The Pandora Team

“Pedestrian at best” Local Pandas see Courtney Barnett Live

Tucking into a pre-gig feast of Ramen and beers we sat around the slightly sticky table talking about previous loves and the last time we ‘rocked out’ at the Metro. For ‘Lightning Jax’ it was her first time, for ‘Cherie Baby’ it’d been 3 years and for me, about 18 months. But we soon moved on from the days of old because tonight was all about the singer, song-writer, 26 year old product of Melbourne and raven haired maven – Courtney Barnett.

After a quick flash of the I.D. we climb the dimly let stairs and eagerly await her set.  But looking around under the light of the large chandelier it was hard to know what kind of crowd she would pull, yet with those honest and to the point, guitar accompanied melodies there was no denying she has pulled a cult-like following of toe-tapping and head-bopping ‘Dudes’ (4 to 1).


As ‘Teeth & Tongue’ wrapped her delicious supporting act we nestled in amongst the standing crowd and right on cue, with her trade-mark thick bangs and rockstar gait (head to toe black), Courtney casually walked on stage; eyes cast downwards and almost instantly started strumming against a backdrop of liquid, hallucinogenic swirls and curls that would take on a life of it’s own over the next hour and a half.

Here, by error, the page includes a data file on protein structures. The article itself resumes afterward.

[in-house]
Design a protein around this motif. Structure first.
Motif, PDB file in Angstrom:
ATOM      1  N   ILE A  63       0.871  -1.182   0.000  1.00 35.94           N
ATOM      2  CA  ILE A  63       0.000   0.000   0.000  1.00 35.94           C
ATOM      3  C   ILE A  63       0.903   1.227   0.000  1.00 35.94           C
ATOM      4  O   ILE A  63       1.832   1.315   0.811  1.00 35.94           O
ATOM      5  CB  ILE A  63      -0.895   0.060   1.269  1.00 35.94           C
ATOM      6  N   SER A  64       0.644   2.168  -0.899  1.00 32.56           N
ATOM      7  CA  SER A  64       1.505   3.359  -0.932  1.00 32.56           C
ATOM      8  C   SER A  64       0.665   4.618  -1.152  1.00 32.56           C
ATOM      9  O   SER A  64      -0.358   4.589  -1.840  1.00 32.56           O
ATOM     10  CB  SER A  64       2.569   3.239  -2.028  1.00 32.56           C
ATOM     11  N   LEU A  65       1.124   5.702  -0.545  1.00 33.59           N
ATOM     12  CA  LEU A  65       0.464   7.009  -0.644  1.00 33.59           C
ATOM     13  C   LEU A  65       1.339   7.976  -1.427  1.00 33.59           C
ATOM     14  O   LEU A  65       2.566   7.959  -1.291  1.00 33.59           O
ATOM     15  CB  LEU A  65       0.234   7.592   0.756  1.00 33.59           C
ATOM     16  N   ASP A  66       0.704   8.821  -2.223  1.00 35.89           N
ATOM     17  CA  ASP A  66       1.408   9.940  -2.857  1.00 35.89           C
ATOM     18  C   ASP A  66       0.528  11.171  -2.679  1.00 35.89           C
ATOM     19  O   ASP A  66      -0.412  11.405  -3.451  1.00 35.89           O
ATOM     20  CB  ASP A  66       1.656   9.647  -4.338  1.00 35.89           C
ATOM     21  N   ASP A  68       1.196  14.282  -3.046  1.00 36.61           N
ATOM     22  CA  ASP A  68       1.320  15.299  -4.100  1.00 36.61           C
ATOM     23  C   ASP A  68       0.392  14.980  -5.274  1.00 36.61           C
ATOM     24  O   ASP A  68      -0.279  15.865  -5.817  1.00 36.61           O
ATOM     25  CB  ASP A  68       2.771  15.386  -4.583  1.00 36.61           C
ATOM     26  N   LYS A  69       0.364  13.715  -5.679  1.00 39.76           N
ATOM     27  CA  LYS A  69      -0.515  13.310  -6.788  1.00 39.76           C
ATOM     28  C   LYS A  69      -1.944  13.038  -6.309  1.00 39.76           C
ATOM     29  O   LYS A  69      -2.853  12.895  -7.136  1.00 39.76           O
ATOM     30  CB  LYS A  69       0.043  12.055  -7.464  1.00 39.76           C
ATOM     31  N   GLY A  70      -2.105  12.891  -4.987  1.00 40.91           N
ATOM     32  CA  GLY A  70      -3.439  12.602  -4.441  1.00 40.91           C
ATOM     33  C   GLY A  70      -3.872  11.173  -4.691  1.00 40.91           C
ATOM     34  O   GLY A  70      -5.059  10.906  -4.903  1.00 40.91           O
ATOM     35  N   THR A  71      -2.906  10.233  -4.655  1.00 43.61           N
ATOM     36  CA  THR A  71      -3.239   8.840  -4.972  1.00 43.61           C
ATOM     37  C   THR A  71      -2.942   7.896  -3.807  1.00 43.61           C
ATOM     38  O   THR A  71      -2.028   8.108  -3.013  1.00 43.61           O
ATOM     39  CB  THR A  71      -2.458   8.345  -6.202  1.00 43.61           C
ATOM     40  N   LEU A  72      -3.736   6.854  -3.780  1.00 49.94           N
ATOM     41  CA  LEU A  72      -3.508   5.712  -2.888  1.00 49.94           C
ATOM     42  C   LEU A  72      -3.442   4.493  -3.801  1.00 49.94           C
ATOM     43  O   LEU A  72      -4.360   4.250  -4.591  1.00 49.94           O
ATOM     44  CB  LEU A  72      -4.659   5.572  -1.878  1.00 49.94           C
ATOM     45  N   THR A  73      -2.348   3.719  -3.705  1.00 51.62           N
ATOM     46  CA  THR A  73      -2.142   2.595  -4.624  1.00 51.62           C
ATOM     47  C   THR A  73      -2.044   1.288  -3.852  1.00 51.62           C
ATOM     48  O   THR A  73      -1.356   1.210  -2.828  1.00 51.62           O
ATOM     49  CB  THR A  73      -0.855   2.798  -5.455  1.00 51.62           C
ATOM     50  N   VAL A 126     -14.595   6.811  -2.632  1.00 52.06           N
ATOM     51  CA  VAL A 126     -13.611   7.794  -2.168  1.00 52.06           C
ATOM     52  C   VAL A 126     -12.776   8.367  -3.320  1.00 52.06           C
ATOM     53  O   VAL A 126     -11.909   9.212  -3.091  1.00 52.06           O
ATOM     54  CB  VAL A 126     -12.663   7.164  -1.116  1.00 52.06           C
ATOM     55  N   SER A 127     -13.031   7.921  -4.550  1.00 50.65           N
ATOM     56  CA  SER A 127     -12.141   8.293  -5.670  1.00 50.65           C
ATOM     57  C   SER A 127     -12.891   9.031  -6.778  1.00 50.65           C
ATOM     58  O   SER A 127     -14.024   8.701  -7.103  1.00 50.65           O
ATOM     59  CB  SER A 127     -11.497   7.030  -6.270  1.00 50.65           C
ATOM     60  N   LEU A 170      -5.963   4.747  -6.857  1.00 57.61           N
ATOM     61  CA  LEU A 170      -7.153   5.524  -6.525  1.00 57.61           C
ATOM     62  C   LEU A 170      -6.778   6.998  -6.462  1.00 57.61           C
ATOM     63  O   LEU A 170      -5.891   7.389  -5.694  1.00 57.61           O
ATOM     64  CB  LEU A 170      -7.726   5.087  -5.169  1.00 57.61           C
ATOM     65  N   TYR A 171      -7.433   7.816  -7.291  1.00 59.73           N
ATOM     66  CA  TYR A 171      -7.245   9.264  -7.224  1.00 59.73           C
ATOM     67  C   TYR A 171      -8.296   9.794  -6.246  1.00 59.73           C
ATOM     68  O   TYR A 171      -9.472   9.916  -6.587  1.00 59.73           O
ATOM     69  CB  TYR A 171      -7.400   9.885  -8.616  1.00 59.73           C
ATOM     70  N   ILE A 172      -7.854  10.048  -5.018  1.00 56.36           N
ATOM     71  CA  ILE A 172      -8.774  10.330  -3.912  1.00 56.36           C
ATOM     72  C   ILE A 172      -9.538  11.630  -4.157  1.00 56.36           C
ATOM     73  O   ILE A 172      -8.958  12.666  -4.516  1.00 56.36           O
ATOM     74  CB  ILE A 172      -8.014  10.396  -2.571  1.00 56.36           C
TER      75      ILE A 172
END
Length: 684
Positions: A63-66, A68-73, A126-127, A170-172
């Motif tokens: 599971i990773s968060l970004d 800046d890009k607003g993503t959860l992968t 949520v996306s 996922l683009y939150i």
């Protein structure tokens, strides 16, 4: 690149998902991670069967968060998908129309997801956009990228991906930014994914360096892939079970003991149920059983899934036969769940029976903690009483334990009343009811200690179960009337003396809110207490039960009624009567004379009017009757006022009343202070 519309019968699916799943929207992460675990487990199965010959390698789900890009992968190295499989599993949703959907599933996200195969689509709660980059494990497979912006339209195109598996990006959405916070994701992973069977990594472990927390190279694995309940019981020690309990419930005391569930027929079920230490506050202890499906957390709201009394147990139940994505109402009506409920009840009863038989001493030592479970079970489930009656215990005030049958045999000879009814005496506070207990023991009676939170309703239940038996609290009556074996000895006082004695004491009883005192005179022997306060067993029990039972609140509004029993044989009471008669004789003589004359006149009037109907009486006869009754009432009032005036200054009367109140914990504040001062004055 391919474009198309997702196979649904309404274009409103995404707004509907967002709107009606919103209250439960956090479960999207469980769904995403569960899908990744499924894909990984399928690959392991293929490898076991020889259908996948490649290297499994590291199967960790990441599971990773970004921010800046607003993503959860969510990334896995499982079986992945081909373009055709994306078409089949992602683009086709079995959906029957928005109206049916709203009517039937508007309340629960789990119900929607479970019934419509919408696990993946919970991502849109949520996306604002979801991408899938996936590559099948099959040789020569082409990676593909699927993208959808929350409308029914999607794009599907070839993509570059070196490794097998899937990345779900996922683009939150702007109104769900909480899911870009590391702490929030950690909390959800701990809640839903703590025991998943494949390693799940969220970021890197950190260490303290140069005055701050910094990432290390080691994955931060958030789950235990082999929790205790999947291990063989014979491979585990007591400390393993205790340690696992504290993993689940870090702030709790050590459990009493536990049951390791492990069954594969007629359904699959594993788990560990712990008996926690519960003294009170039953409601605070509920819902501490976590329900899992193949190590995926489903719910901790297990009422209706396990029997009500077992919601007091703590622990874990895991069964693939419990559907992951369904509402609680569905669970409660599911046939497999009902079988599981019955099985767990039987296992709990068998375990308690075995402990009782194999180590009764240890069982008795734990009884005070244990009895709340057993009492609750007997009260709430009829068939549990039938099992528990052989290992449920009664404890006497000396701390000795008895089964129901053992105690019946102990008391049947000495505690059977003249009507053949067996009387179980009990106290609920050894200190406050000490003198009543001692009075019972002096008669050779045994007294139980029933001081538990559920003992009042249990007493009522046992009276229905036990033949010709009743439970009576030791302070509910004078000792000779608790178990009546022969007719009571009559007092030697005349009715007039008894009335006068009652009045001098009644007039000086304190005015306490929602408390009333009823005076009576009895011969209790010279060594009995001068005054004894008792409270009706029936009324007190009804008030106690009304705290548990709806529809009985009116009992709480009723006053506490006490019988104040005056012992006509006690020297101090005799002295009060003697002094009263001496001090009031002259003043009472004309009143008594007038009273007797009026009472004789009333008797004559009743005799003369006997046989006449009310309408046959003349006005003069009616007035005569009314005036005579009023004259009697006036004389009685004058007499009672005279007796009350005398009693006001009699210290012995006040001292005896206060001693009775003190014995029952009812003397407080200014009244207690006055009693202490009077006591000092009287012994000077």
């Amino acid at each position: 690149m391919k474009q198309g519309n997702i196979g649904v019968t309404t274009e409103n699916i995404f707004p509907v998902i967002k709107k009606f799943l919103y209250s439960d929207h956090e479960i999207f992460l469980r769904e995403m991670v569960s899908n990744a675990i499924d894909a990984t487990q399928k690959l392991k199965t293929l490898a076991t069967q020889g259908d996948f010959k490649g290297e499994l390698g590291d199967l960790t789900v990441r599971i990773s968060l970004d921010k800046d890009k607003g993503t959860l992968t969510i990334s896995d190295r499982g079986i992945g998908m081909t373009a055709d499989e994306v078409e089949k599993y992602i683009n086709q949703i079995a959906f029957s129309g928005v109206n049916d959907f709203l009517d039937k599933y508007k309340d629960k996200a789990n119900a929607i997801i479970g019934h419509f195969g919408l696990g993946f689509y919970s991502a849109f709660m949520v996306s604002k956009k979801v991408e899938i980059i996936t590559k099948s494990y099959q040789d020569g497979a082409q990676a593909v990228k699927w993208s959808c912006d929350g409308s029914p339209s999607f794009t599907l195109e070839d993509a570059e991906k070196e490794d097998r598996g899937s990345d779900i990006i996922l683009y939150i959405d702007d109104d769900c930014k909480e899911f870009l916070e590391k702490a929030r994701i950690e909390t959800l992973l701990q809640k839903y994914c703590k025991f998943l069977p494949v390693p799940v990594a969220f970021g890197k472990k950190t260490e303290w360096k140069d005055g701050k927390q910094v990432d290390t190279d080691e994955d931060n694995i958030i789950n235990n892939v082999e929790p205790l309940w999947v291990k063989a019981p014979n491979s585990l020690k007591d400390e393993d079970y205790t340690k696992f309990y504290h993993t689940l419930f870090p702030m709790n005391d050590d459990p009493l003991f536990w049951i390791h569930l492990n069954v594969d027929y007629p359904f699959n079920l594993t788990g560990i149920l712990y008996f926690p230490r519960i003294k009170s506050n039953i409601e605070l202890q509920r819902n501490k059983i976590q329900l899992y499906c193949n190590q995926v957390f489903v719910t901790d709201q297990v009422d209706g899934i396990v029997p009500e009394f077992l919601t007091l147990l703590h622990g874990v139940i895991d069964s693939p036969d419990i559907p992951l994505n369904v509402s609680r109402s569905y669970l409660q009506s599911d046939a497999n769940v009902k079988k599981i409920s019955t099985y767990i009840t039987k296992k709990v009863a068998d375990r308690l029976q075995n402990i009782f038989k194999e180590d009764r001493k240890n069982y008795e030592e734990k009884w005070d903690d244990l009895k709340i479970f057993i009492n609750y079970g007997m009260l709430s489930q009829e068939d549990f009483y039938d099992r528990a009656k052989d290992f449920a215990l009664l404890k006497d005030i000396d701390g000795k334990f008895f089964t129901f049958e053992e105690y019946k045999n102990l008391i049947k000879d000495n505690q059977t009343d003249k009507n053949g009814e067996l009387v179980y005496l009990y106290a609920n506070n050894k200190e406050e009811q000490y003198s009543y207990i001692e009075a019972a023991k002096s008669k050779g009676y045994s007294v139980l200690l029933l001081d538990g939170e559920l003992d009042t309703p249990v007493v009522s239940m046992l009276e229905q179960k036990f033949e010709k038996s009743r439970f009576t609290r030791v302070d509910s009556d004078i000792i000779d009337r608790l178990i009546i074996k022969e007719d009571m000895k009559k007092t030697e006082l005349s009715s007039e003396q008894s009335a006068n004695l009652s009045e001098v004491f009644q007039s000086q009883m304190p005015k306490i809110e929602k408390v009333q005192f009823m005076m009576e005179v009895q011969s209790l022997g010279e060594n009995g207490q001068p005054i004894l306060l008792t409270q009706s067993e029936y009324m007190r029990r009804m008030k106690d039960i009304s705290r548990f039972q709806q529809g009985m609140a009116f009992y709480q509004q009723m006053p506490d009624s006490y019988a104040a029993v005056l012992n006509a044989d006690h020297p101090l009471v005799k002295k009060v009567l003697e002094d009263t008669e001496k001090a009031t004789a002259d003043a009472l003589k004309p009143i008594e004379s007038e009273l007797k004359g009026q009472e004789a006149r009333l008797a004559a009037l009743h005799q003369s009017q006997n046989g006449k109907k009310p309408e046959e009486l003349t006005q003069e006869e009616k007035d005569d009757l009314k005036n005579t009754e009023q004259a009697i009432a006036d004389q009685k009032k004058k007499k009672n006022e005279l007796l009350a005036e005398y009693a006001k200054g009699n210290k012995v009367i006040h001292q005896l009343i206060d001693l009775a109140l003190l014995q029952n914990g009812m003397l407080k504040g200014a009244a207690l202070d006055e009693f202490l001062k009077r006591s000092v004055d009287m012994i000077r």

It’s her sharp, witty lyrics and deadpan delivery that make Courtney’s songs that much more unique and relatable. With titles like ‘Depreston’ about house-hunting in a newly gentrified neighbourhood in outer Melbourne to “I lay awake at three, staring at the ceiling, It’s a kind of off-white, Maybe it’s a cream” forms the classic opener to ‘An Illustration of Loneliness’ written about insomnia and missing the one you love. It feels as though the ordinariness of life she so flatly creates melodies for can be just as interesting and ‘song worthy’ as all the dramatic highs and lows. And that, Ladies and Gentlemen, is what Courtney Barnett has captured in her audience, we’re all enduring the mundane, just like her. Househunting, buying organic vegetables, being lonely, and Not going to parties – because at the end of the day we’re all just ‘Pedestrian at Best’! And I thank you, Courtney, for that reminder and continuing to create the accompanying reverent soundtrack for us while your humble star continues to rise.

To experience Courtney on Pandora, click here

Isa, Director – HR, Pandora ANZ


“Mashups” on Pandora and other cool features

Hopefully you have been enjoying all the new features Pandora rolled out earlier this year. The principles of simplicity and clarity are at the heart of this evolution, as well as making it easier to personalise, discover, and explore your favourite music on Pandora.